Parasitoid avoidance behavior is not triggered by airborne cues in a semi-aquatic bug
Until recently, studies on host-parasitoid interactions have rarely reported the detection and resistance of parasitoids by hosts prior to experiencing a direct attack. Several recent studies have indicated that some hosts have an ability to detect parasitoids without being attacked directly. However, the particular cues used for parasitoid detection have received little attention. We investigate the use of airborne cues (such as volatile chemicals or sound) by the water strider Aquarius paludum insularis (Heteroptera: Gerridae) for detecting its egg parasitoid wasp. Since A. paludum females with previous exposure to the parasitoids oviposit at deeper positions relative to unexposed females, we were able to infer whether A. paludum had detected the parasitoid from oviposition depth. We allowed A. paludum to oviposit after one of the three treatments: exposure to the parasitoid directly, airborne cues (the parasitoid was enclosed in the tube of which ends were sealed by mesh), or wasp absent. The oviposition depth was shallower in A. paludum with exposure to airborne cues than in A. paludum with exposure to the parasitoids directly. The depth did not differ between airborne cues and wasp absent treatments. These results indicate that A. paludum were not able to detect the parasitoid from airborne cues alone.
KeywordsEgg parasitism Parasitoid avoidance Submerged oviposition Detection cue Risk recognition Anti-parasitoid behavior
We wish to express our gratitude to all our colleagues at the Laboratory of Ecological Science, Kyushu University, for their help and encouragement. Particularly, we would like to express our gratitude to Maasa Nobayashi for her invaluable contribution. We also thank Chris Wood for editing the manuscript. This work was supported in part by JSPS KAKENHI Grant numbers 22370010 and 25650149, and by the Environment Research and Technology Development Fund (S9) of the Ministry of the Environment, Japan.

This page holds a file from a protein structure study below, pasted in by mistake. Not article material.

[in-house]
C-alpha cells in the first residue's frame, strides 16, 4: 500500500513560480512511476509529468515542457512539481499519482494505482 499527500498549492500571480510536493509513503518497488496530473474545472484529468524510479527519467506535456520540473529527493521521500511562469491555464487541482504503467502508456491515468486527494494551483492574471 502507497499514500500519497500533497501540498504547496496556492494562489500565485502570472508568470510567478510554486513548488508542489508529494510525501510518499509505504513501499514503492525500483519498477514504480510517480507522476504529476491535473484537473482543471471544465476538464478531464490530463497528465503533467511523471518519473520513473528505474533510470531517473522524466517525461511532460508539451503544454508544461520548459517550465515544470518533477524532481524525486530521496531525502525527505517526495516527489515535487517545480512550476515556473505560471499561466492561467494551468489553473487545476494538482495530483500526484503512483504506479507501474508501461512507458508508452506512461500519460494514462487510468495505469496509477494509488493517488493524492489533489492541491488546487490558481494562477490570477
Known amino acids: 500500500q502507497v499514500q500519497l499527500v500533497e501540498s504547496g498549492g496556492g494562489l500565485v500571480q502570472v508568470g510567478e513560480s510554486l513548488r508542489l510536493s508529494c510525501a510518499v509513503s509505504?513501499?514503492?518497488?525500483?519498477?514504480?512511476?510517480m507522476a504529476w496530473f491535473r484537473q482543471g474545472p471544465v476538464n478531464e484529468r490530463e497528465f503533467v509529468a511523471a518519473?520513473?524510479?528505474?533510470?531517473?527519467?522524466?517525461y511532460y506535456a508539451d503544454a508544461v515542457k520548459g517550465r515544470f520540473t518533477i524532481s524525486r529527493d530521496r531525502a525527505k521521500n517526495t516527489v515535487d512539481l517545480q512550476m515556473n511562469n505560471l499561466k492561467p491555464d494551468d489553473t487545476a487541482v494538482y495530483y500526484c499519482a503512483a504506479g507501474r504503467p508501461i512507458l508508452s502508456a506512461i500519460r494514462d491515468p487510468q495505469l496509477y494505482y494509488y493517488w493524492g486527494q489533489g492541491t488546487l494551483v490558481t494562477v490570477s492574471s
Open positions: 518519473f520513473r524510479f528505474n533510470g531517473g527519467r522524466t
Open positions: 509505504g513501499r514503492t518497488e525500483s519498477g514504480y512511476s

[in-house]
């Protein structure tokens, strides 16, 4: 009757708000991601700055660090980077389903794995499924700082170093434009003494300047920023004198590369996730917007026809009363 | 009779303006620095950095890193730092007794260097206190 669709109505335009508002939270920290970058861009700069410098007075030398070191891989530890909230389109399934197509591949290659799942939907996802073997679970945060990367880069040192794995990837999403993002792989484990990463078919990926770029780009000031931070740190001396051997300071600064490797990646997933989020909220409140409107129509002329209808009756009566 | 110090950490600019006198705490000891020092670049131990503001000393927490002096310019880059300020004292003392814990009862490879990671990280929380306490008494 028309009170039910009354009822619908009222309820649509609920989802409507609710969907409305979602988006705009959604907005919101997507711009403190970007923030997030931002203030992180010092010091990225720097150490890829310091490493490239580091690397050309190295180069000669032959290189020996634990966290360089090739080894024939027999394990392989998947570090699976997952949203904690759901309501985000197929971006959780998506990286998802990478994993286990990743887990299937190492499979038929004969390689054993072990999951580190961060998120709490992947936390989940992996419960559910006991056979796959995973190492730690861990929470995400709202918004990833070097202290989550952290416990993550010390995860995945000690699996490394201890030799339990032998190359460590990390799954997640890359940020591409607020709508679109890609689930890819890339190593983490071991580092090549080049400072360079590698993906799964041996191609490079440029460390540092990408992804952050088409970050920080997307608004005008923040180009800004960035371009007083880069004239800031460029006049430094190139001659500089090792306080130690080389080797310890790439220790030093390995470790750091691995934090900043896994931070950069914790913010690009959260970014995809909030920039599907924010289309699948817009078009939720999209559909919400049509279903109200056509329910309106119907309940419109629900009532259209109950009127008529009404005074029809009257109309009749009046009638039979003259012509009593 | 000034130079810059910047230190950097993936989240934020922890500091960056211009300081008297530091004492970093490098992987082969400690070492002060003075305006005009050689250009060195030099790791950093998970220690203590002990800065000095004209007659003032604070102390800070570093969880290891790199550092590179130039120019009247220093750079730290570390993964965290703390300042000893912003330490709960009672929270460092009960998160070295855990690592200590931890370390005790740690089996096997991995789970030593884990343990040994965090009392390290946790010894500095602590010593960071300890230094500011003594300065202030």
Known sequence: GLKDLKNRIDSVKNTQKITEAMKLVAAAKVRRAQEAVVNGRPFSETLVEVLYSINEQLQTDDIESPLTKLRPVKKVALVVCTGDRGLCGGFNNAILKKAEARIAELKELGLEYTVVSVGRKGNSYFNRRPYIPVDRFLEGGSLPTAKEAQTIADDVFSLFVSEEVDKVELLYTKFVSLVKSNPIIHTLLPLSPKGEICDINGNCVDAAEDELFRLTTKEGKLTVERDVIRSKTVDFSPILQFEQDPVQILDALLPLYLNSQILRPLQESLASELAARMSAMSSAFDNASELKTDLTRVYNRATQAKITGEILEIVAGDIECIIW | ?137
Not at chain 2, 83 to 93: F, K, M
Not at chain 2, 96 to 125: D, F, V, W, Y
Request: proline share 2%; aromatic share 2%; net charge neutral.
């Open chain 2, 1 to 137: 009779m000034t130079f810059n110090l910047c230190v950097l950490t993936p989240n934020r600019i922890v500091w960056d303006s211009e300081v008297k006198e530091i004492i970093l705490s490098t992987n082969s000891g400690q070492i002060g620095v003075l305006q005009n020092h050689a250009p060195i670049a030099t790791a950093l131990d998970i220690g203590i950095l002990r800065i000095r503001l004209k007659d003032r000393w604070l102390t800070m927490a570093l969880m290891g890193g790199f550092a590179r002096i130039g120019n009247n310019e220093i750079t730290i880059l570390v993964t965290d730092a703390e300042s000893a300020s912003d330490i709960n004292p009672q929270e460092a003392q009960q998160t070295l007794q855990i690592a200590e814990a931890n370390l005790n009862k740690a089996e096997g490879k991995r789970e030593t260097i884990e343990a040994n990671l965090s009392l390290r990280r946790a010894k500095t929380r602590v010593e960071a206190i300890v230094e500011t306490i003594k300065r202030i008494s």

- Corbet, P. S., 1999. Dragonflies: Behaviour and Ecology of Odonata. Harley Books, Essex.Google Scholar
- Ferrari, M. C. O., B. D. Wisenden & D. P. Chivers, 2010. Chemical ecology of predator-prey interactions in aquatic ecosystems: a review and prospectus the present review is one in the special series of reviews on animal-plant interactions. Canadian Journal of Zoology 88(7): 698–724.CrossRefGoogle Scholar
- Godfray, H. & J. Charles, 1994. Parasitoids: behavioral and evolutionary ecology. Princeton University Press, Princeton.Google Scholar
- Hirayama, H., & E. Kasuya, 2014. Potential costs of selecting good sites for offspring: increased risk of drowning and negative effects on egg production. Ethology 120(12): 1228–1236. doi: 10.1111/eth.12296.
- Holm, S., 1979. A simple sequentially rejective multiple test procedure. Scandinavian Journal of Statistics 6: 65–70.Google Scholar
- Kats, L. B. & L. M. Dill, 1998. The scent of death: chemosensory assessment of predation risk by prey animals. Ecoscience 5(3): 361–394.Google Scholar
- Kohmura, H. & H. Hirayama & U. Takatoshi, in press. Diving into the water: cues related to the decision-making by an egg parasitoid attacking underwater hosts. Ethology. doi: 10.1111/eth.12326.
- R Core Team (2013). R: a language and environment for statistical computing. R Foundation for Statistical Computing, Vienna, Austria [available on internet at http://www.R-project.org/].